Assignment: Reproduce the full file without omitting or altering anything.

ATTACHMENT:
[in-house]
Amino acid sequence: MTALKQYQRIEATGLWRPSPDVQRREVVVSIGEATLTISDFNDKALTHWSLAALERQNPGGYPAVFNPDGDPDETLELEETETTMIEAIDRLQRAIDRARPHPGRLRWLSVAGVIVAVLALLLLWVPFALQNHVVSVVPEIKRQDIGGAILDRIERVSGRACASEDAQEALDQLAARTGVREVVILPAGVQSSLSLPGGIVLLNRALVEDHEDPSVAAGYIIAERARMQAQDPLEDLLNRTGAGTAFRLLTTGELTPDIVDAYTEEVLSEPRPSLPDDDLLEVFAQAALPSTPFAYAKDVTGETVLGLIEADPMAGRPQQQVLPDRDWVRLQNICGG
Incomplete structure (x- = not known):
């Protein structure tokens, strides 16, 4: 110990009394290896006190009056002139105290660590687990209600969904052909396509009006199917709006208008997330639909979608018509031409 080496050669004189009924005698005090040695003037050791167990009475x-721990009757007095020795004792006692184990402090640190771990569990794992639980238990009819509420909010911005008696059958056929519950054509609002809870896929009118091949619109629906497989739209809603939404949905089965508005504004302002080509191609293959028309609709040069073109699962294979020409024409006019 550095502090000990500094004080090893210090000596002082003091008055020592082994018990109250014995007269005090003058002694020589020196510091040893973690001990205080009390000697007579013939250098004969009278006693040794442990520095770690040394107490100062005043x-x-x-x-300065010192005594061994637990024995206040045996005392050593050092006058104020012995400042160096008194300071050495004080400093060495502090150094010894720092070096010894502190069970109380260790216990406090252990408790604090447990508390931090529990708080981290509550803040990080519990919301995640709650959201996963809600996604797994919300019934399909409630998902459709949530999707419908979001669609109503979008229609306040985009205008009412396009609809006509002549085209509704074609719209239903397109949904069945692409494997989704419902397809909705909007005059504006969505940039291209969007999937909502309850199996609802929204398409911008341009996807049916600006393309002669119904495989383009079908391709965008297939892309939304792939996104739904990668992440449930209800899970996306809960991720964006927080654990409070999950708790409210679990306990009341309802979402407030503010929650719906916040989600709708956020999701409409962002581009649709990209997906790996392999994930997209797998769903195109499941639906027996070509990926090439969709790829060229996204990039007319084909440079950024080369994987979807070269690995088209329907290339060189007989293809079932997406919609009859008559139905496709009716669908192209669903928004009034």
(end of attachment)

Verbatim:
[in-house]
Amino acid sequence: MTALKQYQRIEATGLWRPSPDVQRREVVVSIGEATLTISDFNDKALTHWSLAALERQNPGGYPAVFNPDGDPDETLELEETETTMIEAIDRLQRAIDRARPHPGRLRWLSVAGVIVAVLALLLLWVPFALQNHVVSVVPEIKRQDIGGAILDRIERVSGRACASEDAQEALDQLAARTGVREVVILPAGVQSSLSLPGGIVLLNRALVEDHEDPSVAAGYIIAERARMQAQDPLEDLLNRTGAGTAFRLLTTGELTPDIVDAYTEEVLSEPRPSLPDDDLLEVFAQAALPSTPFAYAKDVTGETVLGLIEADPMAGRPQQQVLPDRDWVRLQNICGG
Incomplete structure (x- = not known):
């Protein structure tokens, strides 16, 4: 110990009394290896006190009056002139105290660590687990209600969904052909396509009006199917709006208008997330639909979608018509031409 080496050669004189009924005698005090040695003037050791167990009475x-721990009757007095020795004792006692184990402090640190771990569990794992639980238990009819509420909010911005008696059958056929519950054509609002809870896929009118091949619109629906497989739209809603939404949905089965508005504004302002080509191609293959028309609709040069073109699962294979020409024409006019 550095502090000990500094004080090893210090000596002082003091008055020592082994018990109250014995007269005090003058002694020589020196510091040893973690001990205080009390000697007579013939250098004969009278006693040794442990520095770690040394107490100062005043x-x-x-x-300065010192005594061994637990024995206040045996005392050593050092006058104020012995400042160096008194300071050495004080400093060495502090150094010894720092070096010894502190069970109380260790216990406090252990408790604090447990508390931090529990708080981290509550803040990080519990919301995640709650959201996963809600996604797994919300019934399909409630998902459709949530999707419908979001669609109503979008229609306040985009205008009412396009609809006509002549085209509704074609719209239903397109949904069945692409494997989704419902397809909705909007005059504006969505940039291209969007999937909502309850199996609802929204398409911008341009996807049916600006393309002669119904495989383009079908391709965008297939892309939304792939996104739904990668992440449930209800899970996306809960991720964006927080654990409070999950708790409210679990306990009341309802979402407030503010929650719906916040989600709708956020999701409409962002581009649709990209997906790996392999994930997209797998769903195109499941639906027996070509990926090439969709790829060229996204990039007319084909440079950024080369994987979807070269690995088209329907290339060189007989293809079932997406919609009859008559139905496709009716669908192209669903928004009034």